There are all kinds of theories for fertilizing your lawn; organic and otherwise. We have found a custom mix of fertilizer that will make your lawn healthy and green all summer long. We are passionate about lawn care, and keep all our customers yards looking fresh and trim.

Feeding time

How to make the best decisions for your fertilizer schedule.

The key to lush, green lawns is proper fertilizer application, but it can be tough to know when and how to do it. Here are some tips from the experts on how to plan your attack:

A good foundation

Knowing what’s under the grass is the key to figuring out how much fertilizer to apply and when to do it. While you can check the pH of soil without conducting a full test, there’s no other way to find out how much phosphorus or potassium are in the soil.

Typically, when doing soil testing, Jeff Carroll, owner of Jefferson Sustainable Landscape Management in Woodinville, Washington, finds that the soil has way too much nitrogen as a result of over fertilizing. Nitrogen will give you a nice, green lawn, but not long-term plant health, so it’s important to look at pH and other nutrients.

And it’s not just the existing nutrients that dictate the schedule. Sandy soil leaches fertilizer faster than clay. “There aren’t as many nutrients in (sandy) soil so it will need more fertilizer applications each year closer together,” says Henry Velez, enhancement manager at Green Acres Landscape in Salem, Oregon.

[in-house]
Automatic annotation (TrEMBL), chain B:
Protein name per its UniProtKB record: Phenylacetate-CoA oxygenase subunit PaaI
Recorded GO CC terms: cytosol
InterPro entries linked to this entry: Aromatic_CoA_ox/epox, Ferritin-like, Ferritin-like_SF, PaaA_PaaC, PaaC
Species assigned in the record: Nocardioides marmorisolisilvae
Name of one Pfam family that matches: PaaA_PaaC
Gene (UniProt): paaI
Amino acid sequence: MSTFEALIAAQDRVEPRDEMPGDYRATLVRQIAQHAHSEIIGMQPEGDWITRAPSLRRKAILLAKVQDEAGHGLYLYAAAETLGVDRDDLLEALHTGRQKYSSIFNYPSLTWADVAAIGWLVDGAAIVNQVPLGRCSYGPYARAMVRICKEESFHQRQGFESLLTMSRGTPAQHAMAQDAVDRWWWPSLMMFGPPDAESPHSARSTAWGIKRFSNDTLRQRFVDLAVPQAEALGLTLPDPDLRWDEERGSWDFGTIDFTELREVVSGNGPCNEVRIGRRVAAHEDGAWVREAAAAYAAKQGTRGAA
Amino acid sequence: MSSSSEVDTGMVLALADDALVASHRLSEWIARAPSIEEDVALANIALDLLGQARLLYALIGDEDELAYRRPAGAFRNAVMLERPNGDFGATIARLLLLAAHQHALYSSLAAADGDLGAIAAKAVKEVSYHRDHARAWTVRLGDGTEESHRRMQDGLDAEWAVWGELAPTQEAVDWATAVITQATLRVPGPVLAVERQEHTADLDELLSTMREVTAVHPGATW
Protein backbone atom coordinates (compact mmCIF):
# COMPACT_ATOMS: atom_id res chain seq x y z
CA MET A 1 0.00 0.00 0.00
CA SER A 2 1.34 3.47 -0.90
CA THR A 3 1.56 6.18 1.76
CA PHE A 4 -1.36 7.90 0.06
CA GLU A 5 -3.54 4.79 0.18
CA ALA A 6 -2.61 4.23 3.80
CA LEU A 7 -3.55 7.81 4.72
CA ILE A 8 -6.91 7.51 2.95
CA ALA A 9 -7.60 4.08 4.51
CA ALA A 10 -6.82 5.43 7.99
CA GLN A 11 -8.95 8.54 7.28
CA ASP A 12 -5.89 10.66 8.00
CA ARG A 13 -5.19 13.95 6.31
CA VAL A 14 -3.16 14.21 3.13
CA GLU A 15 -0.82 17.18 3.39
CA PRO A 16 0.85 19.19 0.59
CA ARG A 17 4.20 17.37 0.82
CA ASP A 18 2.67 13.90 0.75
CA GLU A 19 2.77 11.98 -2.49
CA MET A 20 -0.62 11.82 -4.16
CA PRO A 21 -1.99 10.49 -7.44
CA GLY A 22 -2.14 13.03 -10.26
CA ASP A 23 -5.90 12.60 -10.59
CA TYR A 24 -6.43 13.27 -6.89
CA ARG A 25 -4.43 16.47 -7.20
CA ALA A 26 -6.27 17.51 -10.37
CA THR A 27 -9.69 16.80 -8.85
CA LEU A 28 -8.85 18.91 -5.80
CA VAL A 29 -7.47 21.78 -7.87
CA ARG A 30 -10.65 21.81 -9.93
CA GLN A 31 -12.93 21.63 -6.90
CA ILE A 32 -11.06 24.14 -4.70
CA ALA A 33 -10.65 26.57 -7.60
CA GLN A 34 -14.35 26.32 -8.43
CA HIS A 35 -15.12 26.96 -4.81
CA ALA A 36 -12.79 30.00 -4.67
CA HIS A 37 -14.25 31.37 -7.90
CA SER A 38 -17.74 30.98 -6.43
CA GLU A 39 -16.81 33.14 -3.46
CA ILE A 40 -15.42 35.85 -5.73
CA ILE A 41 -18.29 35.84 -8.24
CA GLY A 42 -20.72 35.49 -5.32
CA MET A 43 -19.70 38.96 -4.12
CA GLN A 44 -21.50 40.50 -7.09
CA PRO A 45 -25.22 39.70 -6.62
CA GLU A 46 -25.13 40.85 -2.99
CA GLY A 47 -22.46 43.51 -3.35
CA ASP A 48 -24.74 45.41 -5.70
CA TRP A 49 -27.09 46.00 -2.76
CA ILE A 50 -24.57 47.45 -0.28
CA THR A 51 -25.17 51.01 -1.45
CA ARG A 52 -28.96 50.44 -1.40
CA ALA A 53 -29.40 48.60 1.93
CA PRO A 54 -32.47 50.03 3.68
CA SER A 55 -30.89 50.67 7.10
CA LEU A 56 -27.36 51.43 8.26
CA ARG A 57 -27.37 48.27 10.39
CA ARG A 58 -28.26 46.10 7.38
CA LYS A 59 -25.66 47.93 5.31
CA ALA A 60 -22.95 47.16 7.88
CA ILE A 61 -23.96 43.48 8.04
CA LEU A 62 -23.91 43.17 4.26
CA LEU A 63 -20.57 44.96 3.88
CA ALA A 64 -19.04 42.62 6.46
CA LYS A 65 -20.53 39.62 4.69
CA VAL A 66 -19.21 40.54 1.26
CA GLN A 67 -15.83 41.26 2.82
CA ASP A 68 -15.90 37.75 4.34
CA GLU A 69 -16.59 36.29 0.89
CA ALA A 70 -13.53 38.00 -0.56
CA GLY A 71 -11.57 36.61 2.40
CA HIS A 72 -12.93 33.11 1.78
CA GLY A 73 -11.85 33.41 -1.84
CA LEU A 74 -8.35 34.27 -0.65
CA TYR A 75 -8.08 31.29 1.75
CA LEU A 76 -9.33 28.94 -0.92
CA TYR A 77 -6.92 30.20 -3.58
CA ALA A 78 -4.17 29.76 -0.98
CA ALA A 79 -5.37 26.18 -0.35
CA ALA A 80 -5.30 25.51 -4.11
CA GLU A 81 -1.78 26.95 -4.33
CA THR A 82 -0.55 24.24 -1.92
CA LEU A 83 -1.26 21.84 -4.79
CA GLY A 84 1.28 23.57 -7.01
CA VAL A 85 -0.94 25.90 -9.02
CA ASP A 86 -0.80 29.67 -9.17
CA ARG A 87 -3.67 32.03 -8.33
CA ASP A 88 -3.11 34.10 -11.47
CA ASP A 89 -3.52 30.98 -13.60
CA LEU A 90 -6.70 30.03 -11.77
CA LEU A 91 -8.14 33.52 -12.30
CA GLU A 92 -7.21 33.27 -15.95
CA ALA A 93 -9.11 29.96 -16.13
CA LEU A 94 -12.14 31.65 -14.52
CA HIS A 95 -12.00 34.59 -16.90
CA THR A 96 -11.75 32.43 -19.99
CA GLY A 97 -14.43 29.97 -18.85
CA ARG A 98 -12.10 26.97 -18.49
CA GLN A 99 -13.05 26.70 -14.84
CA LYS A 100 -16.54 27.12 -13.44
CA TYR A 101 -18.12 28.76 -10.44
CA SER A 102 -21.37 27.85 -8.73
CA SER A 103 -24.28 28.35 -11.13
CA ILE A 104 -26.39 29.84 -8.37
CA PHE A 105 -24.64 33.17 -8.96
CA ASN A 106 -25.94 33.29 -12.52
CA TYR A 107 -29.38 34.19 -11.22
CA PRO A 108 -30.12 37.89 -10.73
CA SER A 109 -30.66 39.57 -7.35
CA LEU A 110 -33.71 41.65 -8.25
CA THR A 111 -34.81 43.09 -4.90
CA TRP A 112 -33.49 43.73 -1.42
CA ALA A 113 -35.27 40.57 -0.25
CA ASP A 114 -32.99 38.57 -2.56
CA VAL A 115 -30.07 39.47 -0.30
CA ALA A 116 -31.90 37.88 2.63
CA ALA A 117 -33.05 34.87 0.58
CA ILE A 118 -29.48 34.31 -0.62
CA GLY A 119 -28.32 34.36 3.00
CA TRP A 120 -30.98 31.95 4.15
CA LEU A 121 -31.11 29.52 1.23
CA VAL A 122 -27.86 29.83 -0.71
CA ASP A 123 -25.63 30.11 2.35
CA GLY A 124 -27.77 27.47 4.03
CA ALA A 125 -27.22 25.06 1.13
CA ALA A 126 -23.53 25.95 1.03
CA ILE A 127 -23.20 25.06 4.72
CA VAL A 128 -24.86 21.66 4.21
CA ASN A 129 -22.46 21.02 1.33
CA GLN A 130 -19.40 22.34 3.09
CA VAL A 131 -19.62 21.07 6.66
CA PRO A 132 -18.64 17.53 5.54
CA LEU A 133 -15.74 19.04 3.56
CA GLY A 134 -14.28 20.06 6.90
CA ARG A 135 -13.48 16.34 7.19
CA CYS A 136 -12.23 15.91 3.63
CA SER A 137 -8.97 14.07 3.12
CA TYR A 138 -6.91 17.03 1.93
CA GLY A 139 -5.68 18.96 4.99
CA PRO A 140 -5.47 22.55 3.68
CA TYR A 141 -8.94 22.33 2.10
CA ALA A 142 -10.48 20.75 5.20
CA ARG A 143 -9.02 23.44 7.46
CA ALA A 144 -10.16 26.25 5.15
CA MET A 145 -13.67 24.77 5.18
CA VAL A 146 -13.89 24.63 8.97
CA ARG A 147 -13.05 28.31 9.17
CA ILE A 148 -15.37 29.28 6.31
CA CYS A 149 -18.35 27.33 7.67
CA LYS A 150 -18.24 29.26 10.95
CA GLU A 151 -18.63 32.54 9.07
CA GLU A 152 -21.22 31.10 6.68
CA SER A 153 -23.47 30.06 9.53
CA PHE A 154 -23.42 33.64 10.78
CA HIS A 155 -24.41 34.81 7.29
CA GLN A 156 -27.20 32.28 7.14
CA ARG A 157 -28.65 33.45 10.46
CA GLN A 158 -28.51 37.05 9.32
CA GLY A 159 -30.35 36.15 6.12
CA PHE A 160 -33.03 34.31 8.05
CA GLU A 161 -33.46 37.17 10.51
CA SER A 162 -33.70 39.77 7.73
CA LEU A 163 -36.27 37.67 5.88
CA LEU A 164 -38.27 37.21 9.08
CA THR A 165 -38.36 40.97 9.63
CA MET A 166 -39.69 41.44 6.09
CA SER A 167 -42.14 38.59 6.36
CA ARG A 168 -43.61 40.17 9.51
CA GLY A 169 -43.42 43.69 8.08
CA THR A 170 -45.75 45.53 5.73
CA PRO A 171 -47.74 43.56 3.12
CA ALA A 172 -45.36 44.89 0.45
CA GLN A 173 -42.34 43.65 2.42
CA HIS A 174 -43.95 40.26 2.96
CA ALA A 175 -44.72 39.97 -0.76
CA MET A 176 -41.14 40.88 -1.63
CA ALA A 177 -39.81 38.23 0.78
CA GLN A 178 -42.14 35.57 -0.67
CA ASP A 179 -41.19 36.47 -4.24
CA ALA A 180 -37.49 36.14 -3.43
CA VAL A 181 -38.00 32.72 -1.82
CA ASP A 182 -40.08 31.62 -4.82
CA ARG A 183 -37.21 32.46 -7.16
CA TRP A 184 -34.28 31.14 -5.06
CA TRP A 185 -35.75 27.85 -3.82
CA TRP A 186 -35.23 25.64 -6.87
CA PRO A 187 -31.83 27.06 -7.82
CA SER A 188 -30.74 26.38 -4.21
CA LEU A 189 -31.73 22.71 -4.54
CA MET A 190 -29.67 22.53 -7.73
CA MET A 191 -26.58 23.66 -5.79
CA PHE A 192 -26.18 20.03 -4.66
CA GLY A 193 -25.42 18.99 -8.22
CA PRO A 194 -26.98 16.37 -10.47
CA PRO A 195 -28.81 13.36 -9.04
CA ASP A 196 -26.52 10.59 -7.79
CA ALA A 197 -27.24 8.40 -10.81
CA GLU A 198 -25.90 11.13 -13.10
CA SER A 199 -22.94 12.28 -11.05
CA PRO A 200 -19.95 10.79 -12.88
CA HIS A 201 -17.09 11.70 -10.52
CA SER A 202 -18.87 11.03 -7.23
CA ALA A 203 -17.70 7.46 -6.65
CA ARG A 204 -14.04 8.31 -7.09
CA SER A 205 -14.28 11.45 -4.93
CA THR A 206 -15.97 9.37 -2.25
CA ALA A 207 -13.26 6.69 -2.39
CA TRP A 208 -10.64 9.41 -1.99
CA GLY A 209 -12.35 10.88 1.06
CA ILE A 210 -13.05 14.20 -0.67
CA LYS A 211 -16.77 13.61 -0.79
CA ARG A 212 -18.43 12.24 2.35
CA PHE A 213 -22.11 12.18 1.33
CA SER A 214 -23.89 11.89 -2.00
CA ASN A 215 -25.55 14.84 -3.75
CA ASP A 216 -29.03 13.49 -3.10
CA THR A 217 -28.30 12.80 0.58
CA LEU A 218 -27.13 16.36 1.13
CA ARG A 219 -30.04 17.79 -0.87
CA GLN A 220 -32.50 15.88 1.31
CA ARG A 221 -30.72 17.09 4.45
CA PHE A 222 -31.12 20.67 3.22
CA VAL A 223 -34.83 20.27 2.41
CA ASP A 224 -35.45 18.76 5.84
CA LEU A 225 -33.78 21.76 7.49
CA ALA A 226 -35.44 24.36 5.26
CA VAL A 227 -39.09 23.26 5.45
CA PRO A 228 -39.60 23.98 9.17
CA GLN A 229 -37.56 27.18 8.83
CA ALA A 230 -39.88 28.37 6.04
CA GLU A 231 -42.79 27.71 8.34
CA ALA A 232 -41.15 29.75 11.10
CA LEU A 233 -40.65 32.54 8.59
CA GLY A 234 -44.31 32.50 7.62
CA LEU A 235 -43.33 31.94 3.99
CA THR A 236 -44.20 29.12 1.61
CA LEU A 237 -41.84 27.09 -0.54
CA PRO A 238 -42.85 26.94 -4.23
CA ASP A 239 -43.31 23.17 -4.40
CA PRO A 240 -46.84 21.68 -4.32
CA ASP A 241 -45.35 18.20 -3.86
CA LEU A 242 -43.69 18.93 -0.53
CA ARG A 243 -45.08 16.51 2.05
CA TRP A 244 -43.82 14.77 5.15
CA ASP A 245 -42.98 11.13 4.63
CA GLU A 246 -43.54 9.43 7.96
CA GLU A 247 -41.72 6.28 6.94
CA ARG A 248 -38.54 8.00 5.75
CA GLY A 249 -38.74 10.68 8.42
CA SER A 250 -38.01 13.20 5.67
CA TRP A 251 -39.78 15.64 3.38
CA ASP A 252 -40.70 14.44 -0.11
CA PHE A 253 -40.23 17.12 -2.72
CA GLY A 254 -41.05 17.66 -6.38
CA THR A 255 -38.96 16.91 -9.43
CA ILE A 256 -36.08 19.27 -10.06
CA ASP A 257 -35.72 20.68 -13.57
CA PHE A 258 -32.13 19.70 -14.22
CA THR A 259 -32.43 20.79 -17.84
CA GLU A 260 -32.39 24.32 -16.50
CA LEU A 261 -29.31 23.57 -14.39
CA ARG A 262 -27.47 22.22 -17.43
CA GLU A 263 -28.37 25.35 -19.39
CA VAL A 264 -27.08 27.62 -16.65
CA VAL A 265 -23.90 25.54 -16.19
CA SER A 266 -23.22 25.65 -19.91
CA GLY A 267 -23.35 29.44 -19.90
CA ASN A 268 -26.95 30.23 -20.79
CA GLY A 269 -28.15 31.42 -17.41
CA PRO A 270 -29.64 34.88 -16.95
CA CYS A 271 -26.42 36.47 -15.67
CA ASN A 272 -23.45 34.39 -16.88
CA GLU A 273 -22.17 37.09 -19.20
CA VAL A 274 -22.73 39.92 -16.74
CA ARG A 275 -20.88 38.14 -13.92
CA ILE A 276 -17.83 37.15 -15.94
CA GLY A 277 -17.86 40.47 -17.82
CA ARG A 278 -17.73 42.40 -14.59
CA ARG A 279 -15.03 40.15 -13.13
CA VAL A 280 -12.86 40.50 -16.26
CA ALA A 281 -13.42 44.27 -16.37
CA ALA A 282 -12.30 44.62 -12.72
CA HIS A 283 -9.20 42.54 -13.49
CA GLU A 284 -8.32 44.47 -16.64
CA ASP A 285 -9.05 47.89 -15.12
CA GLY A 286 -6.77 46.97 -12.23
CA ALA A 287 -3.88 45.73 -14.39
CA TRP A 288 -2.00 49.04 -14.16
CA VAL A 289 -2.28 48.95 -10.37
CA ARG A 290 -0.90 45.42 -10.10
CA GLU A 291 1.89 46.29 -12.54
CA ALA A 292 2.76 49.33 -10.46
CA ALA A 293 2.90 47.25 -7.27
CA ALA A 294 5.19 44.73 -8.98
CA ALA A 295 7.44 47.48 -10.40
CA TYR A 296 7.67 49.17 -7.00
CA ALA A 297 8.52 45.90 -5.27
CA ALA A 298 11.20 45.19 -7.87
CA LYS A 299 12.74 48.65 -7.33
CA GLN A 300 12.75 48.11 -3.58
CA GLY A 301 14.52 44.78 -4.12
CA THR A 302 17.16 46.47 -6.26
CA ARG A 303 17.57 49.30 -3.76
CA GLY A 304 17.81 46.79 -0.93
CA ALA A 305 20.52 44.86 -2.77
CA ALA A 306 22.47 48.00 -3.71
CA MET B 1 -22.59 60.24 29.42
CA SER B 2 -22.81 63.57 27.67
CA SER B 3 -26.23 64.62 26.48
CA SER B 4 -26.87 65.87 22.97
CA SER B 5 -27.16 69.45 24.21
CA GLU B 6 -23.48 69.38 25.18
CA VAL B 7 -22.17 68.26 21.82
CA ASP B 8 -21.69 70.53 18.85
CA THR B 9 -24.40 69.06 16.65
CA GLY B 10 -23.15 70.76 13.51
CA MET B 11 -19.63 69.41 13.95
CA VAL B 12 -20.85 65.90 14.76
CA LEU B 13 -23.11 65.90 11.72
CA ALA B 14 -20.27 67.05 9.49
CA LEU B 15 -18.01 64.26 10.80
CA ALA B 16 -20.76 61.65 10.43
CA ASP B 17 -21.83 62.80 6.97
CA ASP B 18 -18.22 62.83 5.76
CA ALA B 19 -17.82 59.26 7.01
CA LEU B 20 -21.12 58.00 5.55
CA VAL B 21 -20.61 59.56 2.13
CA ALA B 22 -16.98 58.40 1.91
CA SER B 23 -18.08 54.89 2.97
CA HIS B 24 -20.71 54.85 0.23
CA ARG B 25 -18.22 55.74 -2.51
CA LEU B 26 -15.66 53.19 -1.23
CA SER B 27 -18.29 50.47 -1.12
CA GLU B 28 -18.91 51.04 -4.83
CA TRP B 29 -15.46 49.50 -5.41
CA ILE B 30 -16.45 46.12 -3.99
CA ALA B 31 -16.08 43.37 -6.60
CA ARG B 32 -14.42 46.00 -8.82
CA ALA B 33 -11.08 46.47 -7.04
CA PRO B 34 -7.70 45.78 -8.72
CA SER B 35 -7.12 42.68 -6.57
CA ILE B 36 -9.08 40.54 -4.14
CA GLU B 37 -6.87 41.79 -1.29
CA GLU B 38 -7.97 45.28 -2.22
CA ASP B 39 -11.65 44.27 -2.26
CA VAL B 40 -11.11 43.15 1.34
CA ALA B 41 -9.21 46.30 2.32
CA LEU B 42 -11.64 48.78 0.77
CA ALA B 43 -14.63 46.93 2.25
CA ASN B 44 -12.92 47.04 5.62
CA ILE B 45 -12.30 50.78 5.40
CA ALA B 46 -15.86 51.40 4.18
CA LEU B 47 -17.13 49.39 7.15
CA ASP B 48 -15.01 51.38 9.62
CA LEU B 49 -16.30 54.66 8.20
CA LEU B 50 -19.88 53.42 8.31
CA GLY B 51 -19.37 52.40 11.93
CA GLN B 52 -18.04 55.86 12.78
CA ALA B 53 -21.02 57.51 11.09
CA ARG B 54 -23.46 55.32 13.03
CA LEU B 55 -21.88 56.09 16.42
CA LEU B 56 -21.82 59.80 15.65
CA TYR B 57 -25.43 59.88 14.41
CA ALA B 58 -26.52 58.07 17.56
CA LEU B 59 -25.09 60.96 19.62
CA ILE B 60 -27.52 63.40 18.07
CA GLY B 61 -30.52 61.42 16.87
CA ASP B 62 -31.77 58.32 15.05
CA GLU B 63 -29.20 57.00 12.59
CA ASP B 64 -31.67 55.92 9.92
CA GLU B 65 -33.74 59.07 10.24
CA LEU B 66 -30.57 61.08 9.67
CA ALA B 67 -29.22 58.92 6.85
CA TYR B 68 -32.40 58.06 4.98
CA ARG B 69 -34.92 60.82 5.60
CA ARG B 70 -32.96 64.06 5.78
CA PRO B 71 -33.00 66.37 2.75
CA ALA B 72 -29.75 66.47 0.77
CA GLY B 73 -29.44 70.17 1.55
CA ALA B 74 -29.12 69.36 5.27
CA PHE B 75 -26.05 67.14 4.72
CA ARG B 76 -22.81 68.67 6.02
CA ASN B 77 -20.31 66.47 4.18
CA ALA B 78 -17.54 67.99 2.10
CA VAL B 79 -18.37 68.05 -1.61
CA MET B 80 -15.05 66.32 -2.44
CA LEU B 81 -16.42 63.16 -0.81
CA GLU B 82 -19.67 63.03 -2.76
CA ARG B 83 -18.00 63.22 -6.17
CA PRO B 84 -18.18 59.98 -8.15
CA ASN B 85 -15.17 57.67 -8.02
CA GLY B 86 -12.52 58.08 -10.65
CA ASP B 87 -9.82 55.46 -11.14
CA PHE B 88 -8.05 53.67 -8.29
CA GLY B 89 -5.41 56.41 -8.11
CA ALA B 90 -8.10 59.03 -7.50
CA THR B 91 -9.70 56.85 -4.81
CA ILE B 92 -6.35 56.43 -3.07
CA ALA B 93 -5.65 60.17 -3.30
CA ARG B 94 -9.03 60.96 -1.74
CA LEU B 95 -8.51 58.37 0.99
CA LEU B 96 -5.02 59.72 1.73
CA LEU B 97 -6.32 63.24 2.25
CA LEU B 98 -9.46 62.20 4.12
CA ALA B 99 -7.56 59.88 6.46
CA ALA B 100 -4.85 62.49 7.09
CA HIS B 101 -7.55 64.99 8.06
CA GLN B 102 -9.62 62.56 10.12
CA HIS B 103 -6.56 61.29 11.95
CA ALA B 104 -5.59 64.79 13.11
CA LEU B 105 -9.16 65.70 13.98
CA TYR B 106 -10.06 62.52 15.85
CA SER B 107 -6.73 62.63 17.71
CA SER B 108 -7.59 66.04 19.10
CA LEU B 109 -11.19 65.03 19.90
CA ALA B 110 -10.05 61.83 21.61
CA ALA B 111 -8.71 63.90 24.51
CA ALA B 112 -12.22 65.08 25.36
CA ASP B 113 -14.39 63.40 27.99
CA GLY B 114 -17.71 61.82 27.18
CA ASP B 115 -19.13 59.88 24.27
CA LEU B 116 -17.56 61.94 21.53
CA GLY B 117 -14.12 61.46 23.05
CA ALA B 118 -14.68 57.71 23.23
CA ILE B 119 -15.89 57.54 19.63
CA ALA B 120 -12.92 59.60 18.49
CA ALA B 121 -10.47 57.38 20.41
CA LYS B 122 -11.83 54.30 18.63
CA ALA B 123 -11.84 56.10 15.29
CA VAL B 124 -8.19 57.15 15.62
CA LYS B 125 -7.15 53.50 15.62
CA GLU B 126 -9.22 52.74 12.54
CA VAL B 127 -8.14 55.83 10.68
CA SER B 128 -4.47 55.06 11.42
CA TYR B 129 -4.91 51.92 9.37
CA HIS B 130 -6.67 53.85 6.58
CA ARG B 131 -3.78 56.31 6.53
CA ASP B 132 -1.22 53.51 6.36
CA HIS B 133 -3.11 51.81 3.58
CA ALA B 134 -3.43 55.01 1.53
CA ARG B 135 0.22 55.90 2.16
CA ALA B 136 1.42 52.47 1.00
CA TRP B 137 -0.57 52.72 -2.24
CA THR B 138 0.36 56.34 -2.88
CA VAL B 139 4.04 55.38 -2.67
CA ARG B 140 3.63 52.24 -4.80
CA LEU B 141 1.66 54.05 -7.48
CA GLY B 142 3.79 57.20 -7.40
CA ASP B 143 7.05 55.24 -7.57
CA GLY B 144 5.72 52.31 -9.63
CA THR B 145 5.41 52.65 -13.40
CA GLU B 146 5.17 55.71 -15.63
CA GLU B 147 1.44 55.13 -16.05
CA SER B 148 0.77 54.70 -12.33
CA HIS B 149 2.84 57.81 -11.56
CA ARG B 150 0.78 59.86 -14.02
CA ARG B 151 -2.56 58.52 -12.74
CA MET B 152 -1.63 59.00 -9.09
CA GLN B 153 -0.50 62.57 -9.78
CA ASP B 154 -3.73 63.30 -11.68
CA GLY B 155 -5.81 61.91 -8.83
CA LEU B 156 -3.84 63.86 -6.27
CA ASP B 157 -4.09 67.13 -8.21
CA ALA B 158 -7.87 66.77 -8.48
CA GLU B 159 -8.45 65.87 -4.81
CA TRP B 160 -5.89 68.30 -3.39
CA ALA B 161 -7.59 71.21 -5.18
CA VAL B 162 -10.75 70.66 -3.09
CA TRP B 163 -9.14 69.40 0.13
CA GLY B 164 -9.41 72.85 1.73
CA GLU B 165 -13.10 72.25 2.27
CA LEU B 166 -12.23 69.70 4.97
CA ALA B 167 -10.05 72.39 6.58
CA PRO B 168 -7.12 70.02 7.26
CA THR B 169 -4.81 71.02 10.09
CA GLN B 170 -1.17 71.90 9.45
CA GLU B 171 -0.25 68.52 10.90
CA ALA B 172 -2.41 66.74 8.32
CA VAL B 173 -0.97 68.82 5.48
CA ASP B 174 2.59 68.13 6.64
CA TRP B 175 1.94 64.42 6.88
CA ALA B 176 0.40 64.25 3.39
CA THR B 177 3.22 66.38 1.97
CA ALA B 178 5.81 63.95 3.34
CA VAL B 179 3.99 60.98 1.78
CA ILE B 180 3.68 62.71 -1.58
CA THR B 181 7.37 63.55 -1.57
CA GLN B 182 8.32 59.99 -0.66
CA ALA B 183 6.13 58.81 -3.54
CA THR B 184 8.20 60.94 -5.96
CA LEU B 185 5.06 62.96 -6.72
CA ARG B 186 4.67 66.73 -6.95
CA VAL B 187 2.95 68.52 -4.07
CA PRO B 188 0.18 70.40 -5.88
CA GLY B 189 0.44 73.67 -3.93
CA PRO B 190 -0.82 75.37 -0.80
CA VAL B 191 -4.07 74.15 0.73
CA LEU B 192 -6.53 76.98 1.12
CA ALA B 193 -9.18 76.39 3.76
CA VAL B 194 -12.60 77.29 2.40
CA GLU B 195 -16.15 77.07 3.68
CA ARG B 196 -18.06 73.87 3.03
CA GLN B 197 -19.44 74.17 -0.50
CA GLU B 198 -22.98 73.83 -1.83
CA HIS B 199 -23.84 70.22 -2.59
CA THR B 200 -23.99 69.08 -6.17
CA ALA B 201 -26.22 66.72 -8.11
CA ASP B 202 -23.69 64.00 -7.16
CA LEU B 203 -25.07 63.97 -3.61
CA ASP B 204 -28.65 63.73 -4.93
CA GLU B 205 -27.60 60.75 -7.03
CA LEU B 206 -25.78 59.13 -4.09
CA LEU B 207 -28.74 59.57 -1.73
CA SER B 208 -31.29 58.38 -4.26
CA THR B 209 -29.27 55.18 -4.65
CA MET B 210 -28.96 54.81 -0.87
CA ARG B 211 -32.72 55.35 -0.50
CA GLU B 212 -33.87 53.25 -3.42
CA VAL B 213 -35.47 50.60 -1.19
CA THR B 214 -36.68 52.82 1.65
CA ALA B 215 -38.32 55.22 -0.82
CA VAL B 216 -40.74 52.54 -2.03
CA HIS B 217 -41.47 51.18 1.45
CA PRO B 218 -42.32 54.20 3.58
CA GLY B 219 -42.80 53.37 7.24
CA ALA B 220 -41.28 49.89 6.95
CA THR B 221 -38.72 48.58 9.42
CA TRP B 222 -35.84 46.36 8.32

Watch the weather

Unpredictable weather can be devastating if you aren’t prepared for it. A cold snap can ruin a lawn if it has recently been fertilized. If nitrogen gets stuck in the grass, it can cause serious damage. So Jones recommends using lower nitrogen rates if that’s a possibility.

Once freezing temperatures are out of the picture, it’s important to watch for drought conditions. If there isn’t enough water, the grass will burn. So fertilize only before the forecast calls for rain, or be sure to water after applying. But also beware of too much rain. Heavy rains or thunderstorms can wash away recently applied fertilizer before it has a chance to do its job.

 Here is a guide to how to properly fertilize your lawn.

Fertilize your lawn properly, and you’ll be on your way to a healthy, dense stand of turf that maintains a deep green color and gives weeds a run for their money. Nitrogen is every lawn’s most important ingredient, and each type of grass demands different amounts to display peak growth and performance. How often you fertilize affects not only lawn appearance, but also maintenance level. The more you fertilize, the more you’ll have to mow, for instance.

Choose a drop spreader for controlled fertilizer distribution. Overlap slightly on each pass to ensure you have adequate coverage, and don’t forget to close the hopper when you come to the end of a pass. You’ll typically pay more for a drop spreader, but if you’re tending a typical suburban-size lawn, it’s worth the investment. If you accidentally dump fertilizer onto your lawn, gather what you can, then use a stiff broom to spread out any remaining fertilizer as far as possible. Water it in well, and do so again a few days later to help move that nitrogen down through soil and out of the lawn’s root zone.

We recommend fertilizing your lawn in early spring, and again around the 4th of July. Keep it adequately watered so that the water can go to the roots at least 6 inches deep. If you aerate your lawn regularly, and de-thatch, it will create an environment for the grass to get the water it needs.